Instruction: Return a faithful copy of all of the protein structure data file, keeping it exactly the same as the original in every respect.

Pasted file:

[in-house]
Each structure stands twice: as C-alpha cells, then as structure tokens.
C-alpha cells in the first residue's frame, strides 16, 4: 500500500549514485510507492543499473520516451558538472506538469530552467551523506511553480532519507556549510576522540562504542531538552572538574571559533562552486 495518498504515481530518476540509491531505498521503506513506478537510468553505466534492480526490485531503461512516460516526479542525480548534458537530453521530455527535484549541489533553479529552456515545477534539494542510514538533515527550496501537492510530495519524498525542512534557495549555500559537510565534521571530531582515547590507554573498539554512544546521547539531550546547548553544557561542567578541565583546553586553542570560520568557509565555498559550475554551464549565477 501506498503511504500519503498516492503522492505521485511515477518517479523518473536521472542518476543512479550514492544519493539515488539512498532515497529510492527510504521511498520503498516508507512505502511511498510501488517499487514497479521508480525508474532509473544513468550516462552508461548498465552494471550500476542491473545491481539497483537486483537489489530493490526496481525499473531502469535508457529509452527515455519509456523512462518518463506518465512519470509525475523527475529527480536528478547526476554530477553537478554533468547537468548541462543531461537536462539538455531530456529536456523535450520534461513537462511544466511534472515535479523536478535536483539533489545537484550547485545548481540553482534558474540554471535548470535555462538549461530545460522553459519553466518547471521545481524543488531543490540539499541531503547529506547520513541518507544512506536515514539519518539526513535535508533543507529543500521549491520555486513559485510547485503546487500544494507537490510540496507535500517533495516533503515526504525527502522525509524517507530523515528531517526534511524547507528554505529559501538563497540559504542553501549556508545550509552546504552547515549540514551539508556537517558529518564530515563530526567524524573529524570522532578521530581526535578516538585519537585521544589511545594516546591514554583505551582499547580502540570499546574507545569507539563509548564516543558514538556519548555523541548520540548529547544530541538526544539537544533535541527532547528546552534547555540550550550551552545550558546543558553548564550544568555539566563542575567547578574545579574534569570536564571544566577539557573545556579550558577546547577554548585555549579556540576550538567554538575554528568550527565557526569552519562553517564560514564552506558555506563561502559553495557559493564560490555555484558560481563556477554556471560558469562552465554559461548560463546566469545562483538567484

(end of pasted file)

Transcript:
[in-house]
Each structure stands twice: as C-alpha cells, then as structure tokens.
C-alpha cells in the first residue's frame, strides 16, 4: 500500500549514485510507492543499473520516451558538472506538469530552467551523506511553480532519507556549510576522540562504542531538552572538574571559533562552486 495518498504515481530518476540509491531505498521503506513506478537510468553505466534492480526490485531503461512516460516526479542525480548534458537530453521530455527535484549541489533553479529552456515545477534539494542510514538533515527550496501537492510530495519524498525542512534557495549555500559537510565534521571530531582515547590507554573498539554512544546521547539531550546547548553544557561542567578541565583546553586553542570560520568557509565555498559550475554551464549565477 501506498503511504500519503498516492503522492505521485511515477518517479523518473536521472542518476543512479550514492544519493539515488539512498532515497529510492527510504521511498520503498516508507512505502511511498510501488517499487514497479521508480525508474532509473544513468550516462552508461548498465552494471550500476542491473545491481539497483537486483537489489530493490526496481525499473531502469535508457529509452527515455519509456523512462518518463506518465512519470509525475523527475529527480536528478547526476554530477553537478554533468547537468548541462543531461537536462539538455531530456529536456523535450520534461513537462511544466511534472515535479523536478535536483539533489545537484550547485545548481540553482534558474540554471535548470535555462538549461530545460522553459519553466518547471521545481524543488531543490540539499541531503547529506547520513541518507544512506536515514539519518539526513535535508533543507529543500521549491520555486513559485510547485503546487500544494507537490510540496507535500517533495516533503515526504525527502522525509524517507530523515528531517526534511524547507528554505529559501538563497540559504542553501549556508545550509552546504552547515549540514551539508556537517558529518564530515563530526567524524573529524570522532578521530581526535578516538585519537585521544589511545594516546591514554583505551582499547580502540570499546574507545569507539563509548564516543558514538556519548555523541548520540548529547544530541538526544539537544533535541527532547528546552534547555540550550550551552545550558546543558553548564550544568555539566563542575567547578574545579574534569570536564571544566577539557573545556579550558577546547577554548585555549579556540576550538567554538575554528568550527565557526569552519562553517564560514564552506558555506563561502559553495557559493564560490555555484558560481563556477554556471560558469562552465554559461548560463546566469545562483538567484